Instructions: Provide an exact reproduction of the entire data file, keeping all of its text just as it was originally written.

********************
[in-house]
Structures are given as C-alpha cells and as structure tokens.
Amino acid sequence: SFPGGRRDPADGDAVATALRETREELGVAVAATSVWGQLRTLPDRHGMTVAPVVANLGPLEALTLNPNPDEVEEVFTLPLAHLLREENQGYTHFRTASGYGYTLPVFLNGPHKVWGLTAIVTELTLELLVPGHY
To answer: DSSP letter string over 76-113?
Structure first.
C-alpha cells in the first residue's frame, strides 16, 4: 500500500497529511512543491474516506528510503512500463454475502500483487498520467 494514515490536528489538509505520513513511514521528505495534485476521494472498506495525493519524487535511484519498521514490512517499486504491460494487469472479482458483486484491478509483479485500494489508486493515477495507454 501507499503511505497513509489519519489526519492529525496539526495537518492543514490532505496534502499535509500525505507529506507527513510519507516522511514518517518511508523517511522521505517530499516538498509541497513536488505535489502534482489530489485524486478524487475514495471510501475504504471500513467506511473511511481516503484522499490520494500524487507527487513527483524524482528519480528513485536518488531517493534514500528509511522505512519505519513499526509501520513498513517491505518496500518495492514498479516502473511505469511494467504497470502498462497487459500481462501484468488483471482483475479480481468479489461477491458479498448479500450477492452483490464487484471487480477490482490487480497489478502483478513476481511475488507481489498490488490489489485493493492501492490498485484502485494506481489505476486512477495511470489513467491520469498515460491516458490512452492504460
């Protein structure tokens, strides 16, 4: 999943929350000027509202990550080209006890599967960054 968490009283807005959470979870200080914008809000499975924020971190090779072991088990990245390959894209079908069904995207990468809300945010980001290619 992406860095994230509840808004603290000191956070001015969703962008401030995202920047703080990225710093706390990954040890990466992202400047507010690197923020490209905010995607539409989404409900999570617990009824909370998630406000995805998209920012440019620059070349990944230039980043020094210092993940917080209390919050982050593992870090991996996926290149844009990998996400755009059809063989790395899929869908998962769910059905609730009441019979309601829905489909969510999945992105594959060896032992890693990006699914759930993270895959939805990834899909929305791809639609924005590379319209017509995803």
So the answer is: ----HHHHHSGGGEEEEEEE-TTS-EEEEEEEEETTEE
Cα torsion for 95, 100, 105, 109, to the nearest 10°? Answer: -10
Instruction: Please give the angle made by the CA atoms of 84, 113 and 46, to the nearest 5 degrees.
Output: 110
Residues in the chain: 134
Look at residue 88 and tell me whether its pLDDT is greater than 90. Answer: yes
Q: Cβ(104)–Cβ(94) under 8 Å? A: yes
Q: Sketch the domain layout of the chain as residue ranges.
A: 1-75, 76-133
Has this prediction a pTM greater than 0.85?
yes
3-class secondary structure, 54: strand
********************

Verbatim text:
[in-house]
Structures are given as C-alpha cells and as structure tokens.
Amino acid sequence: SFPGGRRDPADGDAVATALRETREELGVAVAATSVWGQLRTLPDRHGMTVAPVVANLGPLEALTLNPNPDEVEEVFTLPLAHLLREENQGYTHFRTASGYGYTLPVFLNGPHKVWGLTAIVTELTLELLVPGHY
To answer: DSSP letter string over 76-113?
Structure first.
C-alpha cells in the first residue's frame, strides 16, 4: 500500500497529511512543491474516506528510503512500463454475502500483487498520467 494514515490536528489538509505520513513511514521528505495534485476521494472498506495525493519524487535511484519498521514490512517499486504491460494487469472479482458483486484491478509483479485500494489508486493515477495507454 501507499503511505497513509489519519489526519492529525496539526495537518492543514490532505496534502499535509500525505507529506507527513510519507516522511514518517518511508523517511522521505517530499516538498509541497513536488505535489502534482489530489485524486478524487475514495471510501475504504471500513467506511473511511481516503484522499490520494500524487507527487513527483524524482528519480528513485536518488531517493534514500528509511522505512519505519513499526509501520513498513517491505518496500518495492514498479516502473511505469511494467504497470502498462497487459500481462501484468488483471482483475479480481468479489461477491458479498448479500450477492452483490464487484471487480477490482490487480497489478502483478513476481511475488507481489498490488490489489485493493492501492490498485484502485494506481489505476486512477495511470489513467491520469498515460491516458490512452492504460
């Protein structure tokens, strides 16, 4: 999943929350000027509202990550080209006890599967960054 968490009283807005959470979870200080914008809000499975924020971190090779072991088990990245390959894209079908069904995207990468809300945010980001290619 992406860095994230509840808004603290000191956070001015969703962008401030995202920047703080990225710093706390990954040890990466992202400047507010690197923020490209905010995607539409989404409900999570617990009824909370998630406000995805998209920012440019620059070349990944230039980043020094210092993940917080209390919050982050593992870090991996996926290149844009990998996400755009059809063989790395899929869908998962769910059905609730009441019979309601829905489909969510999945992105594959060896032992890693990006699914759930993270895959939805990834899909929305791809639609924005590379319209017509995803």
So the answer is: ----HHHHHSGGGEEEEEEE-TTS-EEEEEEEEETTEE
Cα torsion for 95, 100, 105, 109, to the nearest 10°? Answer: -10
Instruction: Please give the angle made by the CA atoms of 84, 113 and 46, to the nearest 5 degrees.
Output: 110
Residues in the chain: 134
Look at residue 88 and tell me whether its pLDDT is greater than 90. Answer: yes
Q: Cβ(104)–Cβ(94) under 8 Å? A: yes
Q: Sketch the domain layout of the chain as residue ranges.
A: 1-75, 76-133
Has this prediction a pTM greater than 0.85?
yes
3-class secondary structure, 54: strand